Mr. Kerry went on to speak, in typical campaign hyperbole, of a sickly man for whom President Bush's stem-cell compromise "was not just taking away the possibility of a cure, but was taking away hope itself."

Some of us, in the teeth of all this very genuine suffering and very facile sentimentality, will be inclined to reply that there are few things more pressing upon the conscience of this republic than that we "tie the hands of our scientists." We might reply that, as of yet, modern (and, increasingly, postmodern) Science has shown little more than a glimmer of recognition that there are things outside it which bind it; that Science cannot conjure from the mists its own ethics, anymore than a tool can conjure its own wielder.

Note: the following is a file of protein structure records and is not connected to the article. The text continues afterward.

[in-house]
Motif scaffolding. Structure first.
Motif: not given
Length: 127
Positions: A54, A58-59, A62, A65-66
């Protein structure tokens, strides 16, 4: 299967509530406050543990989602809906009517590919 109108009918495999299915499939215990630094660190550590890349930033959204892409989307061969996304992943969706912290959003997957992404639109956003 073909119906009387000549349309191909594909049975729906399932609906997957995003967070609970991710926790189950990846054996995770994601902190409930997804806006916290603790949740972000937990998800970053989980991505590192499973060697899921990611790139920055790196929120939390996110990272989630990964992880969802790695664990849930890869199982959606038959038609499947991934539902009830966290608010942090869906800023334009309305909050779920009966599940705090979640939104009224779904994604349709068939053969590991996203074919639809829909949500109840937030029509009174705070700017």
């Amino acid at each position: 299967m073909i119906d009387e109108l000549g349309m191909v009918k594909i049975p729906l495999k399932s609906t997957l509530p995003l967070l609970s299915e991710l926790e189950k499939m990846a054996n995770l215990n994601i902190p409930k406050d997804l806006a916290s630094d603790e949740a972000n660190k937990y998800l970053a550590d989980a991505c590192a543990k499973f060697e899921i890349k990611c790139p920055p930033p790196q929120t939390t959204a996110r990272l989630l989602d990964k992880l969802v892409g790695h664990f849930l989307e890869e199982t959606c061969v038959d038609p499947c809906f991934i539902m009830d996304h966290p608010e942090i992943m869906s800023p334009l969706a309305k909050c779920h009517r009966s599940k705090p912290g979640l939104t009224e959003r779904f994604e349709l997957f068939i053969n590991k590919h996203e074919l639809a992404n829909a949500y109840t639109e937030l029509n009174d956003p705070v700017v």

What Science has forgotten is that it is fundamentally an instrumental entity: it does not choose its own ends. It takes orders and carries them out; it does not formulate its own. Philosophy precedes Science, and its authority over it, adjudicated through a political process, is final; thus also, of course, politics precedes Science. In practice, this means that one need not be a trained scientist to speak to its uses, and speak against its abuses. It is absurd to exclude the non-specialist from judgments about how we ought to use this instrument, just as it is absurd to restrict the driving of automobiles only to mechanics. One need not be a railroad engineer to identify a train wreck; nor to conclude that conducting a train blindfolded is criminal negligence. Yet many of our practitioners of Science declare presumptuously that none can say anything against their wild rush, because they know not how a train works.